By Justice Markandey Katju
August 14, 2015
Gandhi admitted that his ideal of a Varna system with everyone enjoying equal economic and social status probably had no historical warrant. But when asked whether in ancient India there was much difference in economic status and social privileges between the four varnas, Gandhi replied: “That may be historically true. But misapplication or an imperfect understanding of the law must not lead to the ignoring of the law itself. By constant striving we have to enrich it.” So, Gandhi is not against the caste system but only its ‘misapplication’ (whatever that may mean).
The contrast between Gandhi’s and Ambedkar’s views was heightened by their respective relations to the Jat-Pat-Todak Mandal, a new organisation dedicated to promoting a casteless Hinduism. Gandhi told its secretary in1932: “If eradication of castes means the abolition of Varna I do not approve of it. But I am with you if your aim is to end the innumerable caste distinctions.”
Dr Ambedkar correctly analysed the cause of Gandhi’s contradictory statements and obfuscation regarding caste as “the double role, which the Mahatma wants to play: of a Mahatma and a politician. As a Mahatma he may be trying to spiritualise politics. Whether he has succeeded in it or not, politics have certainly commercialised him. A politician must know that society cannot bear the whole truth. If he is speaking the whole truth, it is bad for his politics. The reason why the Mahatma is always supporting caste and Varna is because he is afraid that if he opposes them he will lose his place in politics. Whatever may be the source of this confusion, the Mahatma must be told that he is deceiving himself and also deceiving the people by preaching caste under the name of Varna.” This is the man who has been thrust down the throats of Indians as the ‘father of the nation’.
In his book The Partition of India, the eminent jurist Seervai has written that the method of Gandhi to appeal to Hindu ideas may have mobilised the Hindu masses but it inevitably led to the partition of India. Thus, while Gandhi claimed he was secular, that was only hypocrisy. In fact, he was communal as he was throughout his public career propagating Hindu religious ideas. Unfortunately, most people in India have not read the speeches and writings of Gandhi from 1915 to 1948, and so they do not know what he did and how he took them for a ride. It is high time for them to know the truth.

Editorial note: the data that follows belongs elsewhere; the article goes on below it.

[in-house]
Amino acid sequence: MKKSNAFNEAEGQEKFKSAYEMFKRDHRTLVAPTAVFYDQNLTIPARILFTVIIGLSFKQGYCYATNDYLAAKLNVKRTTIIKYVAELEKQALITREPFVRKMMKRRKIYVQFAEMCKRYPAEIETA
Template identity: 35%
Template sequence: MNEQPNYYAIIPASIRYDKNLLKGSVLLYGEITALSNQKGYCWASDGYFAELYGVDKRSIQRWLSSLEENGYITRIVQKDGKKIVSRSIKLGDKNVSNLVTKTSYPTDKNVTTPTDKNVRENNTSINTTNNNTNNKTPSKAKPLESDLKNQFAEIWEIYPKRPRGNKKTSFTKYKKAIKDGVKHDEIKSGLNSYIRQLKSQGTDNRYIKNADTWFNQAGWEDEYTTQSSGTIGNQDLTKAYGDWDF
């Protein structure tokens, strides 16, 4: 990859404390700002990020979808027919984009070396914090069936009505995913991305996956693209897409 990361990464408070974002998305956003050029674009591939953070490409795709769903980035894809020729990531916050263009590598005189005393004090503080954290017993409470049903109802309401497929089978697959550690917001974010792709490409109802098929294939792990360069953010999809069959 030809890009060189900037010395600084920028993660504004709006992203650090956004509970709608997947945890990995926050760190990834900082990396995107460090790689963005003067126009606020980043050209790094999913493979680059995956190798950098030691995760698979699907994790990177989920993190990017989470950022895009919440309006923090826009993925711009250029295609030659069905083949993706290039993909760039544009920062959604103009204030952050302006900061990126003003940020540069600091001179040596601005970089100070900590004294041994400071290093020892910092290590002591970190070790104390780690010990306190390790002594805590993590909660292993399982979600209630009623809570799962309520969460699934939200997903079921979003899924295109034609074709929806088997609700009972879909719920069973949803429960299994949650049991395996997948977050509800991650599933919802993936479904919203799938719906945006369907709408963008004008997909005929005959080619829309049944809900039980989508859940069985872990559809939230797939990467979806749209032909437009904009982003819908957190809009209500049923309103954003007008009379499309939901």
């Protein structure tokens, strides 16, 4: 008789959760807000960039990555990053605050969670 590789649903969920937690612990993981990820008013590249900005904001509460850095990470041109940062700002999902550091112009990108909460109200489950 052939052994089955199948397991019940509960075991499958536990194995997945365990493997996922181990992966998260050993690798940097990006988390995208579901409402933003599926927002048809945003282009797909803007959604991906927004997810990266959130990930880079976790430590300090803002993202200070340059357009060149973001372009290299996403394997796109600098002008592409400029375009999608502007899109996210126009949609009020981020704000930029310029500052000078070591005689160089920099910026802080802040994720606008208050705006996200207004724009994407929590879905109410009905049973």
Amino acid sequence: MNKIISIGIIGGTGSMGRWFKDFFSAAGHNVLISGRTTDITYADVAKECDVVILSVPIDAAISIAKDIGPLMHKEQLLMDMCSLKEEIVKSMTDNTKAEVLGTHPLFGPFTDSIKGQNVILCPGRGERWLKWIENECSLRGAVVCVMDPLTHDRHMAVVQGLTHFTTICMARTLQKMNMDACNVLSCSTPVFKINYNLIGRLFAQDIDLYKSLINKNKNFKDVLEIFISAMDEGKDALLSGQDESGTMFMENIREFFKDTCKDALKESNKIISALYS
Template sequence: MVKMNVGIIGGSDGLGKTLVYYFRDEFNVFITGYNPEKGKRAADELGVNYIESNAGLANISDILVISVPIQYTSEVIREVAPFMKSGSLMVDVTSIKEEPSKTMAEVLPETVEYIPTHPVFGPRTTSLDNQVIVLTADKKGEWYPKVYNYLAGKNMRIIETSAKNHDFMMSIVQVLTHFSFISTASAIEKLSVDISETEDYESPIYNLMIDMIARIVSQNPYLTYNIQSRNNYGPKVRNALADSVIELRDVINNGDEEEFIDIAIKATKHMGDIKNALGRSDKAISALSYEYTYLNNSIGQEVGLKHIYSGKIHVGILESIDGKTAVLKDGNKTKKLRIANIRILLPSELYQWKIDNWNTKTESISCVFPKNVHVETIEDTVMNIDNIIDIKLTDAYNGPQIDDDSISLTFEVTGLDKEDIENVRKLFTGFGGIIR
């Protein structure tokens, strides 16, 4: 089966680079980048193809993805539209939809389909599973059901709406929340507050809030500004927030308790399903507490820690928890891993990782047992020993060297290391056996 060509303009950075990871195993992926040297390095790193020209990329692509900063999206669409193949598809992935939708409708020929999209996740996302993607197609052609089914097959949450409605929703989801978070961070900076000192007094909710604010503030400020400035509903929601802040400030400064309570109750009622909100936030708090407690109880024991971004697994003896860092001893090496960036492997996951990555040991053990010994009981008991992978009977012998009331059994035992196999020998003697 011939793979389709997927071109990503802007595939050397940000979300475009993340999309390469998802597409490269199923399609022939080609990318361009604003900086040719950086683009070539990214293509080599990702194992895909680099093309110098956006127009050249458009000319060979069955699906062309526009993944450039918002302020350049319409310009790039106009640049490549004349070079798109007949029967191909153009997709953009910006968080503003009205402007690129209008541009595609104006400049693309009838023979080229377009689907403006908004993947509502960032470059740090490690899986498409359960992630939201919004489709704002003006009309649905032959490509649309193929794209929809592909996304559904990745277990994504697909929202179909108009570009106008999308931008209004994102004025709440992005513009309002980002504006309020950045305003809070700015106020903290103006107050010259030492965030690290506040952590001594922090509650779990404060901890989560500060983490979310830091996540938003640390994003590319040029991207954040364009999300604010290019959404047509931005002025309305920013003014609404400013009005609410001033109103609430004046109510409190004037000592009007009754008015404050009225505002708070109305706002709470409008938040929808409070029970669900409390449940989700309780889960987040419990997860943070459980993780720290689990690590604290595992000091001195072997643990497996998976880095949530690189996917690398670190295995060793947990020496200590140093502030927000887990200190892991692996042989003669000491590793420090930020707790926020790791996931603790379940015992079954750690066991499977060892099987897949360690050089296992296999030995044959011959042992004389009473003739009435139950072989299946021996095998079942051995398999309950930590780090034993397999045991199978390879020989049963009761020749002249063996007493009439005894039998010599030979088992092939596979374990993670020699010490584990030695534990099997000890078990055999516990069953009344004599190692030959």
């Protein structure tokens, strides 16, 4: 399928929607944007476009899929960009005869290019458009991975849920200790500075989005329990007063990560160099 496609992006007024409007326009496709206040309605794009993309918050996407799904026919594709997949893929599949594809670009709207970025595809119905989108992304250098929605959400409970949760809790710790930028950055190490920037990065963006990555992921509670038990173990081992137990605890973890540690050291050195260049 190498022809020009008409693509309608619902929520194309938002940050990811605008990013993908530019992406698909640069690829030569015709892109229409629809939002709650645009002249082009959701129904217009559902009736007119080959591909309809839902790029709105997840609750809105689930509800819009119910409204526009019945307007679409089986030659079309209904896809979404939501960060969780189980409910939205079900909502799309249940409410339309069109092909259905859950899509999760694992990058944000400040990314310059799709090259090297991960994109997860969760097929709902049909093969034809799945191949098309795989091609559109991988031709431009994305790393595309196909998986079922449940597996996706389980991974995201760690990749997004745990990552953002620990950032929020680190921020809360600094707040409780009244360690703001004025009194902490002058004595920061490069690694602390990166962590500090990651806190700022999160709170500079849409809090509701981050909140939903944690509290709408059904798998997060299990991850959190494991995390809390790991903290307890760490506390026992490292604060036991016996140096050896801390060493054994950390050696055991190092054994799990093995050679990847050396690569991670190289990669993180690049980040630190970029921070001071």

Some people say that the fact that Gandhi went to Noakhali etc. in 1947 to appeal for communal amity shows that he was secular. However, this was the typical hypocrisy of Gandhi. First, you set the house on fire by propagating Hindu religious ideas day in and day out for several decades and then, when the house is burning, you play the part of trying to douse the flames by appealing for communal harmony. Why did you set the house on fire in the first place?
Some people ask what Gandhi got by this. My answer is that different people have different motives. For some, money is the motivation; for others, it is power. In Gandhi’s case it was probably power (he was effectively the leader of the Congress) and the desire to be called a ‘Mahatma’. However, that is irrelevant. Whatever may have been his motivation, the real question to be asked is: did his actions in fact further the British policy of divide and rule? That is why I have called Gandhi objectively a British agent. Subjectively, he may have any motivation. An objective agent may not receive any money and he may not even be conscious of the fact that he is working as an agent. But that does not matter. If by your deeds you are in fact serving the interests of a foreign power, you are an agent of that foreign power.
As regards the claim that Gandhi gave us freedom, this again is a myth. Does any country give up its empire without an armed fight for independence? Did the US get independence from the British through Satyagrah and hunger strikes, or by mobilising the Continental Army under George Washington, which fought the US war of Independence from 1775 to 1781? Did Bolivar liberate several Latin-American countries with guns or presenting flowers and bouquets to Spanish rulers? Did Ho Chi Minh defeat the French by use of arms or by salt marches?
(To be continued)
Justice Markandey Katju is an ex-judge of the Supreme Court of India